Health - January 30, 2015

Governor, House of Representatives set legislative agenda for the 2015-16 Session

As the 2015-16 General Assembly met for the second week of the new session, officials outlined their legislative agenda for the next two years.  Majority Leader Dave Reed (R-Indiana) reaffirmed the House of Representatives’ commitment to pension reform and liquor privatization.  Last session, liquor privatization passed the House, but failed to be voted out of the Senate Liquor Committee.  Subsequently, the House of Representatives did not vote on a proposed pension reform plan—which sought to create a pension and 401(k) hybrid for state employees and decrease a $52 billion liability for the Commonwealth.

Meanwhile, Governor Tom Wolf hopes to raise the minimum wage from $7.25 an hour to $10 an hour—a goal he made while campaigning for governor.  Wolf also met with supporters of cannabis and solidified his support for decriminalizing medical marijuana—a policy that has gained traction in the Senate.  Last session, a similar bill passed the Senate, but the bill was never considered in the House and then-Governor Tom Corbett opposed legalization.


Corbett last-minute appointments to be reviewed by state Senate

Just before leaving office, former Governor Tom Corbett nominated over 2 dozen individuals for vacant positions.  Yet, the state Senate did not confirm these nominees prior to Governor Tom Wolf assuming office.  As a result, Wolf attempted to rescind the nominations, despite the Senate’s refusal to grant his request.  Instead, the Senate Rules Committee approved 13 individuals, so that the full chamber can confirm or reject the nominations. This is just the latest development in personnel changes after Wolf removed Erik Arneson as Executive Director of the Office of Open Records. Wolf upholds that his attempting to maintain transparency in his administration.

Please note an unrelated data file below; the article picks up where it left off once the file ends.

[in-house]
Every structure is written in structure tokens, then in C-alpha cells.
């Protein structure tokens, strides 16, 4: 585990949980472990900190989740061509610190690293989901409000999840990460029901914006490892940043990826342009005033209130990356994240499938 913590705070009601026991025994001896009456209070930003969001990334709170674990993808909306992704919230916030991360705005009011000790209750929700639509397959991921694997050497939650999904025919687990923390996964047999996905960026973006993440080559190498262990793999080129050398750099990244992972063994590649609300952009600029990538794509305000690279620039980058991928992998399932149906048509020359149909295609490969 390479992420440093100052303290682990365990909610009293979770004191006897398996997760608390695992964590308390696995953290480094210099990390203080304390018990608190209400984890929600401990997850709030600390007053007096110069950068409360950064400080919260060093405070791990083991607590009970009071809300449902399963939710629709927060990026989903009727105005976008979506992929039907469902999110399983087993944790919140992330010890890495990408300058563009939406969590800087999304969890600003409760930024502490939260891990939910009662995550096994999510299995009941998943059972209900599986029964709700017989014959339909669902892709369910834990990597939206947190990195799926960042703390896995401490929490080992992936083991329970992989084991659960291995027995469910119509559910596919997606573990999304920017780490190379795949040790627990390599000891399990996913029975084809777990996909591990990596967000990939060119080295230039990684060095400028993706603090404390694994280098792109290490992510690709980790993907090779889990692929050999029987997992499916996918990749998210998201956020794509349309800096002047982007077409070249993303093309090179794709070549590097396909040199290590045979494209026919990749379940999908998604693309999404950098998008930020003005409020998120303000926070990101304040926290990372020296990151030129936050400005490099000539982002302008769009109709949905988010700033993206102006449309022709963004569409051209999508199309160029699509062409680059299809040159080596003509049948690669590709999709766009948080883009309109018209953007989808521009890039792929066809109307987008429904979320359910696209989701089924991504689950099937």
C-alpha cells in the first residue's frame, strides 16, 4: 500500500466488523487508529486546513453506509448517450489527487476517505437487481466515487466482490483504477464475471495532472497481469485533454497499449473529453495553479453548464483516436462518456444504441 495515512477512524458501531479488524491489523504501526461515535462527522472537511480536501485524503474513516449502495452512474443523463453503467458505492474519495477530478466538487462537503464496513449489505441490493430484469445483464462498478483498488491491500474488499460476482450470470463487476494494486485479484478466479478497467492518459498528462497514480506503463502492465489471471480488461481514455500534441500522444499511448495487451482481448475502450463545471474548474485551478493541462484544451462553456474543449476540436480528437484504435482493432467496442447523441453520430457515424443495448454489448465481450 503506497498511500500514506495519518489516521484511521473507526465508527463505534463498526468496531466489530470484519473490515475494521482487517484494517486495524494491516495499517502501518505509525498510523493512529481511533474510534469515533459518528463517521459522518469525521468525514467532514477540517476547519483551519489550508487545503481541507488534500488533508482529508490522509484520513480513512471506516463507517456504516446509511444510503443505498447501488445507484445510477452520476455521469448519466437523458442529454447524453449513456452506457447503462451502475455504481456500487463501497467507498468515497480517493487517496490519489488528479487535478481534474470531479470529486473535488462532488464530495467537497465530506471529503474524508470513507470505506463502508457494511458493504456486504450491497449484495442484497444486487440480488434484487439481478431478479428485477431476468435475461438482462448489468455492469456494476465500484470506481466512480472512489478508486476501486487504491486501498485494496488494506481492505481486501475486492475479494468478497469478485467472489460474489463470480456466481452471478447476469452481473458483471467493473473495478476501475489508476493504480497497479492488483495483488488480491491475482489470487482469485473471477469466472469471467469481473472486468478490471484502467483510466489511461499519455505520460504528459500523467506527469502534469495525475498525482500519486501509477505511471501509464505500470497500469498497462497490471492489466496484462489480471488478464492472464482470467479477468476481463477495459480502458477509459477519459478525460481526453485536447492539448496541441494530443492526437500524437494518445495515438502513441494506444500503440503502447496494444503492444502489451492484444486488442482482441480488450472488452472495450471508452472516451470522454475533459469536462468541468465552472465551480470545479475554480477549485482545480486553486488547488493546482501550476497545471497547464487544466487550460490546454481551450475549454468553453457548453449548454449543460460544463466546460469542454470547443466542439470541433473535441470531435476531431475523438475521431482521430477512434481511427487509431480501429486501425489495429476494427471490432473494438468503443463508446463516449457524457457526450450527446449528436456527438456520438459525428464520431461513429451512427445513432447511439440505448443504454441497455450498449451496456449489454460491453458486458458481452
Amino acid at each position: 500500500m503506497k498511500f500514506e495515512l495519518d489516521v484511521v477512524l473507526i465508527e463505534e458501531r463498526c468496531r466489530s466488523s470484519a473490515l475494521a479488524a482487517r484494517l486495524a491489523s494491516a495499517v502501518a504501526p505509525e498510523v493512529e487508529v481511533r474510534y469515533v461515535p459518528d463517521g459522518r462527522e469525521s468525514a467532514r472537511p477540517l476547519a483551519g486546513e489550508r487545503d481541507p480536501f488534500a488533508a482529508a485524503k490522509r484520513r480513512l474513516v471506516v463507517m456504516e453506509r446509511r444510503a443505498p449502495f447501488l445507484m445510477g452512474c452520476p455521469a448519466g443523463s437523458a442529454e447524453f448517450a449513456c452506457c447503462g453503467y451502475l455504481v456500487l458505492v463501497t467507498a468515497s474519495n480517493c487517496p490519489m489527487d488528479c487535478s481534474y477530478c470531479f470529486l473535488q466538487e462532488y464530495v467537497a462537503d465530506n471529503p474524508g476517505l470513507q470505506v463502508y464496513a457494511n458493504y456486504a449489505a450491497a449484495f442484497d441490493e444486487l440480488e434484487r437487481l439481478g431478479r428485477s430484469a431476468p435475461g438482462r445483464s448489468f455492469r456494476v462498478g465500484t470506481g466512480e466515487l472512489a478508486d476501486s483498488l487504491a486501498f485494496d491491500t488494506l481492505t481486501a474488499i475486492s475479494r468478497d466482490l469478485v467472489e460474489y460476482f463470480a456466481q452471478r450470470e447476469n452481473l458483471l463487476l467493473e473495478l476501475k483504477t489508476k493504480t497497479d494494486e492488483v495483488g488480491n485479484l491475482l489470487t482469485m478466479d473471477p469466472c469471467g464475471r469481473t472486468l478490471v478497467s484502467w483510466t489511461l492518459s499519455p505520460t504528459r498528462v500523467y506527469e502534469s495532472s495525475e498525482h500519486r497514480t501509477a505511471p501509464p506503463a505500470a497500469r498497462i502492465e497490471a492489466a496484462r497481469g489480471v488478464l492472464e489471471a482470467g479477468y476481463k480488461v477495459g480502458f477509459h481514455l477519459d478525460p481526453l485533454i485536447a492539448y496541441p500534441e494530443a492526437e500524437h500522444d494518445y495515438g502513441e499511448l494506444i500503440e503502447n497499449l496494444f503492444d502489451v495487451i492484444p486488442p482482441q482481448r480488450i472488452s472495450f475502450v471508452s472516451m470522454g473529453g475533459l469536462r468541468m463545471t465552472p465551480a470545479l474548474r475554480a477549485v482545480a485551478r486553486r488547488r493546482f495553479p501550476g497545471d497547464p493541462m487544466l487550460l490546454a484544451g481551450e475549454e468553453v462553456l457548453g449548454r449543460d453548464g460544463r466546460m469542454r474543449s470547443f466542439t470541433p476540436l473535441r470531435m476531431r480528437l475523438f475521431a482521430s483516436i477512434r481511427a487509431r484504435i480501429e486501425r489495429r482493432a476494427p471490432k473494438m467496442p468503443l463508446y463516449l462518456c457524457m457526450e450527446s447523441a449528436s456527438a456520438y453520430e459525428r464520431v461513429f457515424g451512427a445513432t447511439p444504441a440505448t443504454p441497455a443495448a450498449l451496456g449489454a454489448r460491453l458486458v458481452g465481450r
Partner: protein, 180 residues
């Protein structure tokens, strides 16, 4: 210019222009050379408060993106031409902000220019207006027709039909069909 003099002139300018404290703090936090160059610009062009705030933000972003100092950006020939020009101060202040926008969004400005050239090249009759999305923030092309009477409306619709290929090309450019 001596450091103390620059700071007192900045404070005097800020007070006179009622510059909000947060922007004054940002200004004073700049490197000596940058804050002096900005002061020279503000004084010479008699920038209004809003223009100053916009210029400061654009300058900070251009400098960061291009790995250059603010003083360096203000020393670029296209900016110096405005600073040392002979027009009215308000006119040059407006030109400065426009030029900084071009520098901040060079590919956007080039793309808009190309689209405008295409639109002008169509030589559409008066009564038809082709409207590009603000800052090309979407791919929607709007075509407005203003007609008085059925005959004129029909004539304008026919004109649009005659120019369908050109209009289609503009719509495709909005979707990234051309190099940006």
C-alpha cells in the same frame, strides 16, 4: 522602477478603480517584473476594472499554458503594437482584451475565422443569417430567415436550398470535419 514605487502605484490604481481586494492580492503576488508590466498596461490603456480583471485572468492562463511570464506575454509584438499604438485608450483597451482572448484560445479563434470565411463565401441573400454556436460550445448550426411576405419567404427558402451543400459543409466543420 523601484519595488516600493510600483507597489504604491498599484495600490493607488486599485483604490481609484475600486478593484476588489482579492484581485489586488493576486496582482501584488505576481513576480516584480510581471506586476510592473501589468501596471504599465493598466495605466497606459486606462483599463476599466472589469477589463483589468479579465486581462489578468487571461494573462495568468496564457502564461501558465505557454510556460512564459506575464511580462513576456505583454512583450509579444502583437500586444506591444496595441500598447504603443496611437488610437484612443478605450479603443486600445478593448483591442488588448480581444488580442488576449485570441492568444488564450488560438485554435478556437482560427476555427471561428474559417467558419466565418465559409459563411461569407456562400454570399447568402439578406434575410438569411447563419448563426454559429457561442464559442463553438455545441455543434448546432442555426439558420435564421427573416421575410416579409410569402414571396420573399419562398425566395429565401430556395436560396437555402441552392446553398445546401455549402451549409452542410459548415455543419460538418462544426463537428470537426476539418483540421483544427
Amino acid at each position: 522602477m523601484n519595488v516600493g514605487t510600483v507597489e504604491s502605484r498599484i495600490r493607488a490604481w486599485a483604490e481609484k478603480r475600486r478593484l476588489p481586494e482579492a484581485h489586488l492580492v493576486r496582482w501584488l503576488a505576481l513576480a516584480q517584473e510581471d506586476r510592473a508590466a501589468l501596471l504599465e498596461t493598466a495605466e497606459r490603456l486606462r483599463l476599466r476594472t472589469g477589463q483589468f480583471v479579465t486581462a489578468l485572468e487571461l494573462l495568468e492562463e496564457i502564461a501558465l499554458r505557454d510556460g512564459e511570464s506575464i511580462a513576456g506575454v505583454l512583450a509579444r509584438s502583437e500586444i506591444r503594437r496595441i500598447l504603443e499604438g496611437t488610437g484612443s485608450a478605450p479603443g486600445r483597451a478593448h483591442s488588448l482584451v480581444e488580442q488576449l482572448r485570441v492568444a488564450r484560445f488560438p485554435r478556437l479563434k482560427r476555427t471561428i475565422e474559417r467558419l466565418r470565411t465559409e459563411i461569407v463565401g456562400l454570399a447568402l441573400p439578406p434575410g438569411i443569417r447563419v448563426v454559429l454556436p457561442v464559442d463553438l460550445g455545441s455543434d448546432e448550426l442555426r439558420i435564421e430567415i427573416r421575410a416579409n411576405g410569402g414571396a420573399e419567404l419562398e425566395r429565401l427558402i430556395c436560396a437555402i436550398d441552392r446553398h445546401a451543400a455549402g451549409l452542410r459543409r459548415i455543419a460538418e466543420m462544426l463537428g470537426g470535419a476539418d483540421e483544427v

Arneson was appointed by Corbett and has since filed suit against the Wolf Administration for "violating the constitutional principle of separation of powers and the Right-to-Know law." Arneson maintains he was removed without cause while the Wolf administration maintains that it is an at-will position and the holder of said position can be removed at any time "without establishing cause." A court hearing on the matter is scheduled for next week.